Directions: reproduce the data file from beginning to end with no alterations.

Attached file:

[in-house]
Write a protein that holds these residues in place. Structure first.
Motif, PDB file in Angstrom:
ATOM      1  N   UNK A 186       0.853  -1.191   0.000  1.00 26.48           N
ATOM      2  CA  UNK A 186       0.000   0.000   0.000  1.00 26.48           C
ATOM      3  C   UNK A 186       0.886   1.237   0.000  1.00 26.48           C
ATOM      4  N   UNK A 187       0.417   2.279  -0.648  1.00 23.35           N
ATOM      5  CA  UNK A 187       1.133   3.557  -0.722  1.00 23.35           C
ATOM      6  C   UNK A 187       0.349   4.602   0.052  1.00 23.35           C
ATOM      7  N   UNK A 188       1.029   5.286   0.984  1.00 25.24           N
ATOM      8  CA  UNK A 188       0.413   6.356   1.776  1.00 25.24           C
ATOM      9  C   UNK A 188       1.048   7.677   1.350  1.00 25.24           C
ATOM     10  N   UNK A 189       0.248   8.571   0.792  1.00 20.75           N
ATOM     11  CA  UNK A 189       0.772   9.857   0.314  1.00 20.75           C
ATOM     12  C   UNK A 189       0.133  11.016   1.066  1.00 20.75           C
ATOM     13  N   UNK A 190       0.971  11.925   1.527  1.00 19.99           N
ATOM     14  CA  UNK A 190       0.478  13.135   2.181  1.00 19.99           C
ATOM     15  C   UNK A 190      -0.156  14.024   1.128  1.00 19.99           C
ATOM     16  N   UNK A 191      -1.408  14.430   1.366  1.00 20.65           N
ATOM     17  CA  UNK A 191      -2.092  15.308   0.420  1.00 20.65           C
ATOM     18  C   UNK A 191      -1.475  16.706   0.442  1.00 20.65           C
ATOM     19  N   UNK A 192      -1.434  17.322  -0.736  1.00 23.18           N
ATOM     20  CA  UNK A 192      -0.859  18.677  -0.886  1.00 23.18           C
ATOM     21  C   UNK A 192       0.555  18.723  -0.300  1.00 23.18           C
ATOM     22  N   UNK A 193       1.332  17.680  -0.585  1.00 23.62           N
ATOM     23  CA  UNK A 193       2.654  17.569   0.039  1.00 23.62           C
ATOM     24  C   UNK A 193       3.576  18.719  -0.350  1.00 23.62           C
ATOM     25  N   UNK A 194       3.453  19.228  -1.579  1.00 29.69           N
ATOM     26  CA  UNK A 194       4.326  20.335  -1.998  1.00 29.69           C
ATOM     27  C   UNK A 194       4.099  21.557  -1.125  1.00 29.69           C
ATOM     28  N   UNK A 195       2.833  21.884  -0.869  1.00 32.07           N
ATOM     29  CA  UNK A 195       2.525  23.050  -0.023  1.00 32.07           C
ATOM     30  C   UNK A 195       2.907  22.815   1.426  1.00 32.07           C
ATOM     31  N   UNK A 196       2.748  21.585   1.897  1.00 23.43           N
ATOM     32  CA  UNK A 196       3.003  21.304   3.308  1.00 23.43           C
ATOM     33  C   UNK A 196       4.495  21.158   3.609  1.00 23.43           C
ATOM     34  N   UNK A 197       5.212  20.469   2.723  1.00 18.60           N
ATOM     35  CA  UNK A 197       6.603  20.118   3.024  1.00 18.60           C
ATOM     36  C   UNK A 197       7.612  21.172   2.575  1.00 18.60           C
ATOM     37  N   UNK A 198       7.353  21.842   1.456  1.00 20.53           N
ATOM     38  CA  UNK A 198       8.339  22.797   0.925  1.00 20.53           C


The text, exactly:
[in-house]
Write a protein that holds these residues in place. Structure first.
Motif, PDB file in Angstrom:
ATOM      1  N   UNK A 186       0.853  -1.191   0.000  1.00 26.48           N
ATOM      2  CA  UNK A 186       0.000   0.000   0.000  1.00 26.48           C
ATOM      3  C   UNK A 186       0.886   1.237   0.000  1.00 26.48           C
ATOM      4  N   UNK A 187       0.417   2.279  -0.648  1.00 23.35           N
ATOM      5  CA  UNK A 187       1.133   3.557  -0.722  1.00 23.35           C
ATOM      6  C   UNK A 187       0.349   4.602   0.052  1.00 23.35           C
ATOM      7  N   UNK A 188       1.029   5.286   0.984  1.00 25.24           N
ATOM      8  CA  UNK A 188       0.413   6.356   1.776  1.00 25.24           C
ATOM      9  C   UNK A 188       1.048   7.677   1.350  1.00 25.24           C
ATOM     10  N   UNK A 189       0.248   8.571   0.792  1.00 20.75           N
ATOM     11  CA  UNK A 189       0.772   9.857   0.314  1.00 20.75           C
ATOM     12  C   UNK A 189       0.133  11.016   1.066  1.00 20.75           C
ATOM     13  N   UNK A 190       0.971  11.925   1.527  1.00 19.99           N
ATOM     14  CA  UNK A 190       0.478  13.135   2.181  1.00 19.99           C
ATOM     15  C   UNK A 190      -0.156  14.024   1.128  1.00 19.99           C
ATOM     16  N   UNK A 191      -1.408  14.430   1.366  1.00 20.65           N
ATOM     17  CA  UNK A 191      -2.092  15.308   0.420  1.00 20.65           C
ATOM     18  C   UNK A 191      -1.475  16.706   0.442  1.00 20.65           C
ATOM     19  N   UNK A 192      -1.434  17.322  -0.736  1.00 23.18           N
ATOM     20  CA  UNK A 192      -0.859  18.677  -0.886  1.00 23.18           C
ATOM     21  C   UNK A 192       0.555  18.723  -0.300  1.00 23.18           C
ATOM     22  N   UNK A 193       1.332  17.680  -0.585  1.00 23.62           N
ATOM     23  CA  UNK A 193       2.654  17.569   0.039  1.00 23.62           C
ATOM     24  C   UNK A 193       3.576  18.719  -0.350  1.00 23.62           C
ATOM     25  N   UNK A 194       3.453  19.228  -1.579  1.00 29.69           N
ATOM     26  CA  UNK A 194       4.326  20.335  -1.998  1.00 29.69           C
ATOM     27  C   UNK A 194       4.099  21.557  -1.125  1.00 29.69           C
ATOM     28  N   UNK A 195       2.833  21.884  -0.869  1.00 32.07           N
ATOM     29  CA  UNK A 195       2.525  23.050  -0.023  1.00 32.07           C
ATOM     30  C   UNK A 195       2.907  22.815   1.426  1.00 32.07           C
ATOM     31  N   UNK A 196       2.748  21.585   1.897  1.00 23.43           N
ATOM     32  CA  UNK A 196       3.003  21.304   3.308  1.00 23.43           C
ATOM     33  C   UNK A 196       4.495  21.158   3.609  1.00 23.43           C
ATOM     34  N   UNK A 197       5.212  20.469   2.723  1.00 18.60           N
ATOM     35  CA  UNK A 197       6.603  20.118   3.024  1.00 18.60           C
ATOM     36  C   UNK A 197       7.612  21.172   2.575  1.00 18.60           C
ATOM     37  N   UNK A 198       7.353  21.842   1.456  1.00 20.53           N
ATOM     38  CA  UNK A 198       8.339  22.797   0.925  1.00 20.53           C